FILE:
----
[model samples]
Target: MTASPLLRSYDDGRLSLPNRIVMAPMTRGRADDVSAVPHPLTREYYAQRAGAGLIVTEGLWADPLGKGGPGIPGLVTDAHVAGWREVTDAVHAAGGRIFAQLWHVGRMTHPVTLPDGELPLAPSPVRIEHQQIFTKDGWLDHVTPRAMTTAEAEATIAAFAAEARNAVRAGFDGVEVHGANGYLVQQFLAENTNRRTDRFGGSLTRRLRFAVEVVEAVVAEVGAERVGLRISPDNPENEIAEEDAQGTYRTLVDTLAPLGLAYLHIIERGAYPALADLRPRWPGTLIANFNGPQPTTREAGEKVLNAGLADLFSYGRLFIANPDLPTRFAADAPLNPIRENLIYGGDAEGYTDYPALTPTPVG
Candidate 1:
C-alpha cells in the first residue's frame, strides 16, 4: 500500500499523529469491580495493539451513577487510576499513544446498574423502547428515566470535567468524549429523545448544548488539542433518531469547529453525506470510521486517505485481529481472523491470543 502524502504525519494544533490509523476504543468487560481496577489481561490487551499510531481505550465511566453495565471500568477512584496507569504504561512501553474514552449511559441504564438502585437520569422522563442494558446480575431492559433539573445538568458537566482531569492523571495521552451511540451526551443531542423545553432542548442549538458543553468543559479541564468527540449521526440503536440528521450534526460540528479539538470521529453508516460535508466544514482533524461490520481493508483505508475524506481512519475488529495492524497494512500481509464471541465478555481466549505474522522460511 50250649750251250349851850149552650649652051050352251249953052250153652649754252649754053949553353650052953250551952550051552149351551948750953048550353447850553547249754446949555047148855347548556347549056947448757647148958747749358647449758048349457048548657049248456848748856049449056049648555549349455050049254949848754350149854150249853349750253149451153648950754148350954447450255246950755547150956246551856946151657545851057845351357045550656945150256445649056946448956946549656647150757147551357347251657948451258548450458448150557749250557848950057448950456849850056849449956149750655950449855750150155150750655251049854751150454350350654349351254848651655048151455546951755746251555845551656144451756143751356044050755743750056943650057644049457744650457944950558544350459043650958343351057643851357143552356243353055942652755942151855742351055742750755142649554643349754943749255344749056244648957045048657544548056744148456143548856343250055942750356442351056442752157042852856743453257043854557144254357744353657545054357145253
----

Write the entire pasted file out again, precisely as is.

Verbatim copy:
[model samples]
Target: MTASPLLRSYDDGRLSLPNRIVMAPMTRGRADDVSAVPHPLTREYYAQRAGAGLIVTEGLWADPLGKGGPGIPGLVTDAHVAGWREVTDAVHAAGGRIFAQLWHVGRMTHPVTLPDGELPLAPSPVRIEHQQIFTKDGWLDHVTPRAMTTAEAEATIAAFAAEARNAVRAGFDGVEVHGANGYLVQQFLAENTNRRTDRFGGSLTRRLRFAVEVVEAVVAEVGAERVGLRISPDNPENEIAEEDAQGTYRTLVDTLAPLGLAYLHIIERGAYPALADLRPRWPGTLIANFNGPQPTTREAGEKVLNAGLADLFSYGRLFIANPDLPTRFAADAPLNPIRENLIYGGDAEGYTDYPALTPTPVG
Candidate 1:
C-alpha cells in the first residue's frame, strides 16, 4: 500500500499523529469491580495493539451513577487510576499513544446498574423502547428515566470535567468524549429523545448544548488539542433518531469547529453525506470510521486517505485481529481472523491470543 502524502504525519494544533490509523476504543468487560481496577489481561490487551499510531481505550465511566453495565471500568477512584496507569504504561512501553474514552449511559441504564438502585437520569422522563442494558446480575431492559433539573445538568458537566482531569492523571495521552451511540451526551443531542423545553432542548442549538458543553468543559479541564468527540449521526440503536440528521450534526460540528479539538470521529453508516460535508466544514482533524461490520481493508483505508475524506481512519475488529495492524497494512500481509464471541465478555481466549505474522522460511 50250649750251250349851850149552650649652051050352251249953052250153652649754252649754053949553353650052953250551952550051552149351551948750953048550353447850553547249754446949555047148855347548556347549056947448757647148958747749358647449758048349457048548657049248456848748856049449056049648555549349455050049254949848754350149854150249853349750253149451153648950754148350954447450255246950755547150956246551856946151657545851057845351357045550656945150256445649056946448956946549656647150757147551357347251657948451258548450458448150557749250557848950057448950456849850056849449956149750655950449855750150155150750655251049854751150454350350654349351254848651655048151455546951755746251555845551656144451756143751356044050755743750056943650057644049457744650457944950558544350459043650958343351057643851357143552356243353055942652755942151855742351055742750755142649554643349754943749255344749056244648957045048657544548056744148456143548856343250055942750356442351056442752157042852856743453257043854557144254357744353657545054357145253